Choosing your travel lens kit

When packing your camera bag to go on a trip, it can be a challenge to decide which lens is the best to capture those special moments with family and friends without feeling like your gear is holding you back. 

This October my family and I spent a week in Sedona, Arizona, and currently the only lenses I own are primes or single focal length lenses. 

So when packing them up I was looking forward to seeing how they would perform in a faster paced setting and an environment where scenes are constantly changing. 

One thing I noticed right away is that when using prime lenses, it’s nice to have a bag design where you can easily access your lenses, filters, and other Accessories so you don’t feel like you’re holding up your group or missing shots. .

I was using the Wandrd PRVKE 31 which was great to use with its side access door and easily fold down dividers to access different parts of the camera cube and do it on the go.

However, I would have liked a bag more like the Think Tank Photo Cross series of bags which allows you to open the entire side of the bag allowing you a better view inside the bag and easier access to your gear.

I guess you could always use the PRVKE for travel days and then the Photo Cross for adventure and exploration days. 

Another thing I noticed is that while switching lenses back and forth might seem annoying at first, you start to learn what focal length works best for a situation and what kind of emotion that focal length will provide for an image. 

The focal lengths I mainly used on my trip were 24mm f2.8, 50mm f1.8, and 135mm f2.5.

I used the 24mm while we were on the road moving quickly as it was great for shooting video as it reduced perceived vibration. It was also great to provide the scale of the landscape and my subject, usually my family.

It was also a good focal length when walking around town and wanted to capture the larger setting and feel of an area. 

Because the 24mm does everything so well and is my preferred focal length, I had to tell myself not to forget to use the 50mm because it’s a focal length that doesn’t look exciting but always offers some nice surprises.

When taking pictures of my parents on top of the mountains, shooting a landscape, taking candid shots of people on the street, and whatever else, 50mm is a dream. 

Having a good 50mm in your bag is a must. There’s a reason it was the go-to kit lens for film cameras because it can do it all.

I always enjoy using this focal length for video work because it allows the viewer to focus on the subject while still understanding the environment they are in.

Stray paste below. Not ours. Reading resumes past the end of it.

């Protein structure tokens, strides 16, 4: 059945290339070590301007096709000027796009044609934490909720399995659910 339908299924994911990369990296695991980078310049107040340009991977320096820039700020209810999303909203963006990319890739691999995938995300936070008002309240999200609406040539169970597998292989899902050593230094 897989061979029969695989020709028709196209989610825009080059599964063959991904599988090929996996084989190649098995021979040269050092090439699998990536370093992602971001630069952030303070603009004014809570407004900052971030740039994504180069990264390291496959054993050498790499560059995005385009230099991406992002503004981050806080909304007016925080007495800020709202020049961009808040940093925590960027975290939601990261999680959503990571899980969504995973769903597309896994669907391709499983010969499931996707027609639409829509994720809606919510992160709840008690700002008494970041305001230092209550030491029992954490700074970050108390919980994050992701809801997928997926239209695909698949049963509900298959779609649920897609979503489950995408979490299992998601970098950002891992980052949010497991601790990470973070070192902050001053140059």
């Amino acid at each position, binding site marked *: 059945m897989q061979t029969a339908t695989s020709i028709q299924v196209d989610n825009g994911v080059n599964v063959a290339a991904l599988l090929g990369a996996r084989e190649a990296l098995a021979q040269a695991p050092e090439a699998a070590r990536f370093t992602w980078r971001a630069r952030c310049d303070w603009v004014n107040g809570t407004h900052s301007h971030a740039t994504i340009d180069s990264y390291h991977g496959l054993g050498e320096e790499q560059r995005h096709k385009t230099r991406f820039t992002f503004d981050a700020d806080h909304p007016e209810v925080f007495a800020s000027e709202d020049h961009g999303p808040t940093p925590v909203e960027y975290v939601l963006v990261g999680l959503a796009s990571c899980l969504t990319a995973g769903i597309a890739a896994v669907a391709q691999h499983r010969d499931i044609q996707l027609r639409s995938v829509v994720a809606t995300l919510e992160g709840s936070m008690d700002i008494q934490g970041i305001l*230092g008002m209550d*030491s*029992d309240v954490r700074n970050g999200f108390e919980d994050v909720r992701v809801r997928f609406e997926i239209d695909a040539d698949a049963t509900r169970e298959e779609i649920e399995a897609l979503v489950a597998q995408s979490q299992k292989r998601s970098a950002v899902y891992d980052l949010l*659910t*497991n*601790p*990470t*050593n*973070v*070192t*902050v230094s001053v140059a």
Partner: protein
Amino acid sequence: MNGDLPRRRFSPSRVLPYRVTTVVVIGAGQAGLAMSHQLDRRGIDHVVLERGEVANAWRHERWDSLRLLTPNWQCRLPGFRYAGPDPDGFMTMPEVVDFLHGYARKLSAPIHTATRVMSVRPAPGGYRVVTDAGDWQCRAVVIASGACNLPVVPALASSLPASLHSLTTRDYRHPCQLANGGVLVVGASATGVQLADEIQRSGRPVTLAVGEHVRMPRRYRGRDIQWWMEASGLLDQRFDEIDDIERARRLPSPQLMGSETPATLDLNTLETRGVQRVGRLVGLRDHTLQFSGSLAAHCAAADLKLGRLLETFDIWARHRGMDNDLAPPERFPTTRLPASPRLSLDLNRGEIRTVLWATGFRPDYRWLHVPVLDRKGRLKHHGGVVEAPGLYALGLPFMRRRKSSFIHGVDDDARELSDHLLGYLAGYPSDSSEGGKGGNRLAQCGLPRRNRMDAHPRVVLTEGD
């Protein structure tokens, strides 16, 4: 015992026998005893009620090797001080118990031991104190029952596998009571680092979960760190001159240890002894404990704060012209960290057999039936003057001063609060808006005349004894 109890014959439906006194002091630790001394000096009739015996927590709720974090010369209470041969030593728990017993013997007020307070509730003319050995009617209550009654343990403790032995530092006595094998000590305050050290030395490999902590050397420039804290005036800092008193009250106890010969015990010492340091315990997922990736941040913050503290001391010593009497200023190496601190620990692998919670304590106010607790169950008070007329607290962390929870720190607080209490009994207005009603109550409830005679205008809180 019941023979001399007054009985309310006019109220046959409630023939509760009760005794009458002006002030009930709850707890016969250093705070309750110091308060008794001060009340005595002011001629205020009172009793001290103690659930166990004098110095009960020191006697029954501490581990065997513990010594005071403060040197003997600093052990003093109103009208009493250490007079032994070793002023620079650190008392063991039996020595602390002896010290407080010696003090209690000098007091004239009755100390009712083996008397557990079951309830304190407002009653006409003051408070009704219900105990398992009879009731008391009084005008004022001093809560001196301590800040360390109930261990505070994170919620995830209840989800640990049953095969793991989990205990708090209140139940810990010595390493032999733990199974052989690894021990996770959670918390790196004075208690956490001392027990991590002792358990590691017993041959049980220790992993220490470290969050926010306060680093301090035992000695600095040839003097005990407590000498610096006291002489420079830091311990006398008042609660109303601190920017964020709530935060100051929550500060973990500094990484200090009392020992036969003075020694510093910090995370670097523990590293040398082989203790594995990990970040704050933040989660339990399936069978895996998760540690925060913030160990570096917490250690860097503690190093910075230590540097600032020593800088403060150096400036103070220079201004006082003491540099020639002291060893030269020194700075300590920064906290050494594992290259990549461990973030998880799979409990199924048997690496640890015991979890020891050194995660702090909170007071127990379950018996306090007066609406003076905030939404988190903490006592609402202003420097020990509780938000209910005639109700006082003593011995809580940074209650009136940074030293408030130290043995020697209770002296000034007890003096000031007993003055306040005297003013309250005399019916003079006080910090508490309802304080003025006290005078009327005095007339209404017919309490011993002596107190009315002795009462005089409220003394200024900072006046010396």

Now, until a few years ago, you would have thought that using a 135mm lens for landscape photography was a bit strange. After watching some YouTube videos and seeing sample photos, I was sold on the idea.

So I was really excited to give my 135mm a try and it really blew me away. 

Just being able to capture a scene and order it really allows you as the photographer and your audience to better understand the moment you want to capture. 

I loved how I was able to isolate a mountaintop partially covered by shadow, a small valley with a single hill in the center, or a looming rock wall with a unique cloud pattern.

I didn’t use my 135mm much, but when I took it out, I always felt like I was going to get something I never thought I’d shoot before. 

Well, after this trip, I’ve come to some conclusions that I’m not sure are helpful, but at least they give me some options.

One is that I really enjoyed shooting with prime lenses while traveling due to their more compact and lightweight nature. Plus, it’s also much easier to plan your shots when you know what a scene will look like through a given lens. 

Second, I think having a constant aperture zoom lens that has my preferred focal lengths, like a 24-70 f2.8 or f4, and a 135mm would be really nice travel gear.

Finally though I think the best part of all of this is the experimentation to find what works best for you and your photographic experience.

These are the things that make shooting with a DSLR or mirrorless camera more exciting and exciting than using a cell phone. Knowing that you had the right lenses on the right day and that you were able to learn more about yourself as a photographer.

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